Q&A of Interest to Liturgical Ministers - 28th June 2015

Q: Recently, I was at a workshop in my parish for ministers of the Word. One of the participants insisted that the theme of the reading should be read. I have always understood that the reader only reads what is printed in black in the Lectionary as the theme (printed in red) is there as a quick reference but is not part of the reading. Would you be able to provide some guidance on this matter, please?

A: The brief summary printed before each reading in the Lectionary is not intended to be read aloud. It is printed to one side, in small font and in red and/or italics to make it clear that it does not form part of the reading and is not to be proclaimed. It is there to assist people in making selections of readings and is confusing for the listener when what is often the ‘punch line’ of a passage is read first.

Q: Is there a church directive regarding dressing of a church for a special liturgy and if so does decorations that seem to distract from the celebration - being the main thing that was noticed remembered and discussed after the liturgy - a good liturgical practice?

A: The only official “directive” that addresses this issue is paragraph 292 of the General Instruction of the Roman Missal: " The ornamentation of a church should contribute toward its noble simplicity rather than to ostentation. Moreover, in the choice of elements attention should be paid to authenticity and there should be the intention of fostering the instruction of the faithful and the dignity of the entire sacred place." My Liturgy Lines column dated 13th February 2011, which is available on the Liturgy Brisbane website, is about decorating the church and might be helpful for those responsible for the liturgical environment in your parish.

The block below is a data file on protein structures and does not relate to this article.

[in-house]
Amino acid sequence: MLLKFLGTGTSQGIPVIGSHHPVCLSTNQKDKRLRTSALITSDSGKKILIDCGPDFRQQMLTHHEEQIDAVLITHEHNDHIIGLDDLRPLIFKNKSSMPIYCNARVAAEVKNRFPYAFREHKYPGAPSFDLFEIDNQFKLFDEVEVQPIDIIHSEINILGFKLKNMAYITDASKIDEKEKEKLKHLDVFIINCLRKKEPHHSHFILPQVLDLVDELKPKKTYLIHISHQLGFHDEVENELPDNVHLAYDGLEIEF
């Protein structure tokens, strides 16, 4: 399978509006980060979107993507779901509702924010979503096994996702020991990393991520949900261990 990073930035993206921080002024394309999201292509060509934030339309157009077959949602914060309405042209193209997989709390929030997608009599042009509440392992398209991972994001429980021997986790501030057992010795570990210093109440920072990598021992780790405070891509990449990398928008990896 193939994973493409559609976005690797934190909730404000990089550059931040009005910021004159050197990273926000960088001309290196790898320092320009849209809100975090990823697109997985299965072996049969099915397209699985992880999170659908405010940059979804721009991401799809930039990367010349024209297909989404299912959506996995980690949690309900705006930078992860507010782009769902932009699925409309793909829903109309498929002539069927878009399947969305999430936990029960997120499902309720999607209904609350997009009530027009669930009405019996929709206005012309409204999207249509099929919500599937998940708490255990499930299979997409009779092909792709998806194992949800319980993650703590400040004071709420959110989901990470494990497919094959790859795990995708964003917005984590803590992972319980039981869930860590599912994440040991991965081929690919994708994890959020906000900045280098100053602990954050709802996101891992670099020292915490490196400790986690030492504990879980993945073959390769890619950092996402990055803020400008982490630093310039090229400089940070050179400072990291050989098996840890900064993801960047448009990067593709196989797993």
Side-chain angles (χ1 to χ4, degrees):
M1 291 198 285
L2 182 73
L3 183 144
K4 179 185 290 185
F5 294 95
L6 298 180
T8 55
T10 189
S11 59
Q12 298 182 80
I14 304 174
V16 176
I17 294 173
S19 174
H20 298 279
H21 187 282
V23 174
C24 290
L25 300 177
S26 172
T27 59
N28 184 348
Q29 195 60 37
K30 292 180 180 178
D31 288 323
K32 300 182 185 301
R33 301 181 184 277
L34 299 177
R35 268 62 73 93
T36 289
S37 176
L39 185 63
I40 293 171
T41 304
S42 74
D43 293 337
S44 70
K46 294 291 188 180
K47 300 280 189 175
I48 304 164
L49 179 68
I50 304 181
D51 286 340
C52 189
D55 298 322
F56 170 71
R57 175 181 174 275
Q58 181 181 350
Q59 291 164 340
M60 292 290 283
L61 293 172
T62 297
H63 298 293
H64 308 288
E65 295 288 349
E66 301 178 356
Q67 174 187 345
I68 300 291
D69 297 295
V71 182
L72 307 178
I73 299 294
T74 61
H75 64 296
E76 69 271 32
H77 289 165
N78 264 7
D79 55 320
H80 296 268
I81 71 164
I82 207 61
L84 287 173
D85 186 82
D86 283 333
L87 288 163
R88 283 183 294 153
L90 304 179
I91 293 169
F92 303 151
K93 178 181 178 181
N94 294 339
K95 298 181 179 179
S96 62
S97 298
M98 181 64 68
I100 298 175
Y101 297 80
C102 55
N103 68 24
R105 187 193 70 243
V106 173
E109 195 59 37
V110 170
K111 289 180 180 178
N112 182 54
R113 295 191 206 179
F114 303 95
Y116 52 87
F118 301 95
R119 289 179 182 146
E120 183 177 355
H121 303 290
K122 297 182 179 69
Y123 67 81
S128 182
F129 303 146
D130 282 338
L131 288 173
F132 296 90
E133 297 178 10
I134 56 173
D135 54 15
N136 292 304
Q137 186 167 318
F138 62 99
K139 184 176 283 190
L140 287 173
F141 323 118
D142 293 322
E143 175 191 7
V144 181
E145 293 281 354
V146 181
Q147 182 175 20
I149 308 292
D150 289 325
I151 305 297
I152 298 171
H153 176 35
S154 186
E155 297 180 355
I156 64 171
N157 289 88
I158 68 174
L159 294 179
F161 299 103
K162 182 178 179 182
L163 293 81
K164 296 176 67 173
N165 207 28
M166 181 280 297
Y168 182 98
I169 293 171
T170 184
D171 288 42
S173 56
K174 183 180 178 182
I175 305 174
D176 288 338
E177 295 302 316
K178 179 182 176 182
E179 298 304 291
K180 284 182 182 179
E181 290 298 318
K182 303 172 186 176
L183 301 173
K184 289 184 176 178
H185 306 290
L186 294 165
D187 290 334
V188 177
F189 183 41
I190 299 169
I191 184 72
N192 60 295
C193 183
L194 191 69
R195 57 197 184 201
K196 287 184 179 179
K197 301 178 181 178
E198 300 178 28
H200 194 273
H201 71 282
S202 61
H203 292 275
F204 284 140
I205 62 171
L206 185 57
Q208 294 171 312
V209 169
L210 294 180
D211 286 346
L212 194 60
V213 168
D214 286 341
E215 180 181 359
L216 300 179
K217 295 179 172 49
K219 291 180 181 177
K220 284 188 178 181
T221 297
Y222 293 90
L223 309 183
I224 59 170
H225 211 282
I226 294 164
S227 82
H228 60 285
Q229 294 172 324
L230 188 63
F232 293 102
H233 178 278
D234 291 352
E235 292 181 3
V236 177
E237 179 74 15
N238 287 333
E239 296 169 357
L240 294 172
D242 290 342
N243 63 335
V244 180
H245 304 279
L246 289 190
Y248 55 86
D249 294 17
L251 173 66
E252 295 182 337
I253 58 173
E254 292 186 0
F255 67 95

Q: I have recently been inducted into the ministry of altar server at my church. I read somewhere that the body of Christ on the processional cross should always face the priest/bishop. Can you advise whether this is the case? I know it may seem a trivial matter but I want to do everything correctly.

A: A processional cross is carried with the figure of the crucified Christ facing the direction in which the procession is moving because Christians are followers of Christ. The pope and archbishops (not other bishops) have what is called a cross of jurisdiction. The pope is entitled to have the cross borne before him wherever he may be; an archbishop’s cross of jurisdiction is used only within the limits of his province. In the case of these crosses only is the figure of the crucified Christ turned towards the one to whom it belongs.

Q: I just want to clarify what readings were set down for Anzac Day this year. Universalis had a gospel reading of John 6 whilst my religious diary offered John 12 or 14. Can you clarify?

A: The difference arises because Anzac Day is not on the universal/general calendar and is celebrated only in Australia and New Zealand. Universalis gave the readings of the day, Saturday of 3rd week of Easter. It is always best to check the Ordo for Australia.



Elizabeth Harrington